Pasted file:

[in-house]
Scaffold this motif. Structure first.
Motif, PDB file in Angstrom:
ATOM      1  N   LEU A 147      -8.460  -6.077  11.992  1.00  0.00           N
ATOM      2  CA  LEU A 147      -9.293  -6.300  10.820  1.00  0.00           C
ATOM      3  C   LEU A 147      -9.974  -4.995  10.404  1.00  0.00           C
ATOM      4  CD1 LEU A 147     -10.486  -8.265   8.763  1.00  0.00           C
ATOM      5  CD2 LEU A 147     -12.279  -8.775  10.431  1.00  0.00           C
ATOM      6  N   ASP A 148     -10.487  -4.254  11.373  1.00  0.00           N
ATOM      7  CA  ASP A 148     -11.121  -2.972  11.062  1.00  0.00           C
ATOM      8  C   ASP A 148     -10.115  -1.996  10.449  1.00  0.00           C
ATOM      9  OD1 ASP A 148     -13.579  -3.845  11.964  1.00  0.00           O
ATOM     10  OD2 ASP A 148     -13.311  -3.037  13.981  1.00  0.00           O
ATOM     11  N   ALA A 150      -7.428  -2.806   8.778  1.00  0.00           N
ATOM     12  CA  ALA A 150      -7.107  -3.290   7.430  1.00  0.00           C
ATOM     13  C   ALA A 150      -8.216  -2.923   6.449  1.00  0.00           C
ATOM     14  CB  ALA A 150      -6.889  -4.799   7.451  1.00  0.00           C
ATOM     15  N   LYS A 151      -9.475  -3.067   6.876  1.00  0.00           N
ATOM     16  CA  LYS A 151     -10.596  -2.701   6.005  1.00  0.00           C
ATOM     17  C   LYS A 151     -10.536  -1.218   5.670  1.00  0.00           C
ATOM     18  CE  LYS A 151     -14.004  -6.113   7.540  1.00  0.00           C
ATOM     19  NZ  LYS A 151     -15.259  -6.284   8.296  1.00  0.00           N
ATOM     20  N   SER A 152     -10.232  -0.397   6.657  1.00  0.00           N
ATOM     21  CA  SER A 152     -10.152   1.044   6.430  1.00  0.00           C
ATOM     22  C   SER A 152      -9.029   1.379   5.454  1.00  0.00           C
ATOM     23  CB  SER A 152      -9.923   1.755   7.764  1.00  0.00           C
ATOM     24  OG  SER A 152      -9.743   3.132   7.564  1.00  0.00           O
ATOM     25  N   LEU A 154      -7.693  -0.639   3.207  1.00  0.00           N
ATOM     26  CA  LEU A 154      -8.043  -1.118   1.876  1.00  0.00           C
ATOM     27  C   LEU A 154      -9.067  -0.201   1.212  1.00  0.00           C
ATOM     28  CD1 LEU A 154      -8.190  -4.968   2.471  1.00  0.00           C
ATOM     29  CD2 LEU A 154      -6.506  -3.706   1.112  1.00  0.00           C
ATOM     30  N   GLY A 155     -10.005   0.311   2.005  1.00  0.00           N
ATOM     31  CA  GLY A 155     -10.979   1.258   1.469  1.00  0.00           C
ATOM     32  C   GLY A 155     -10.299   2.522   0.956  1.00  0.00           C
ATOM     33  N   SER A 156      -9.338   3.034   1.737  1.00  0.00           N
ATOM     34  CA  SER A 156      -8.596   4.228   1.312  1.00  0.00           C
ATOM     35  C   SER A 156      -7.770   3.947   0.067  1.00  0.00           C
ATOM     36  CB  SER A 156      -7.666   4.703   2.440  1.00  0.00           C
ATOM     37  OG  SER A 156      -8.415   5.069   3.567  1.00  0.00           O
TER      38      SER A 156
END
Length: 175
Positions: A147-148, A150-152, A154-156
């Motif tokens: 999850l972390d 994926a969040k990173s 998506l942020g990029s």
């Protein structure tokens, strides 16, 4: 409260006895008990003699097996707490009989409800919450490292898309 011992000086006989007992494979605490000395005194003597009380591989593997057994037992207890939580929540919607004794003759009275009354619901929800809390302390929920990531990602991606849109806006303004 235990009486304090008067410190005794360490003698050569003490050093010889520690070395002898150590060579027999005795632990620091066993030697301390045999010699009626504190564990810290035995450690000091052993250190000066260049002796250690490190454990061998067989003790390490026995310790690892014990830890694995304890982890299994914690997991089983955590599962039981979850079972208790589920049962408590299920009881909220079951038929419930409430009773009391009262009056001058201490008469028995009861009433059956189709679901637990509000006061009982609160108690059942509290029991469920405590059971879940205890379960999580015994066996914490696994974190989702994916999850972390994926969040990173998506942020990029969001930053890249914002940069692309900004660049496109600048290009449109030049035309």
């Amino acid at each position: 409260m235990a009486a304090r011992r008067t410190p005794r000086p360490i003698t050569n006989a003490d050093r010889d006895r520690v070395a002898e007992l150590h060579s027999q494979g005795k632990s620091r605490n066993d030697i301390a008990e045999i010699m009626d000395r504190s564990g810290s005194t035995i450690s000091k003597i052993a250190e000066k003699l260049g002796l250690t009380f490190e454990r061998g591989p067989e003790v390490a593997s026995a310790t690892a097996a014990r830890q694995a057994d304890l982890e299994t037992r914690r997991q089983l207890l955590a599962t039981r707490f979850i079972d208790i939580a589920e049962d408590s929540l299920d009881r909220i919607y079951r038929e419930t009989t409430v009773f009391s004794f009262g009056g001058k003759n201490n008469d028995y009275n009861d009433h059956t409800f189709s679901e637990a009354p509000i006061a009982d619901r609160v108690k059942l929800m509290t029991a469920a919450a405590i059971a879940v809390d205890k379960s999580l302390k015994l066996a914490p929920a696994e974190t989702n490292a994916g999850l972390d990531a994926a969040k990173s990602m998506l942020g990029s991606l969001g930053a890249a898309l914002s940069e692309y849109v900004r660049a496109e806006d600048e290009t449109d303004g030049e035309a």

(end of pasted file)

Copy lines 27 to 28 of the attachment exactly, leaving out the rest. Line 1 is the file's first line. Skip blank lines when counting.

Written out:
ATOM     24  OG  SER A 152      -9.743   3.132   7.564  1.00  0.00           O
ATOM     25  N   LEU A 154      -7.693  -0.639   3.207  1.00  0.00           N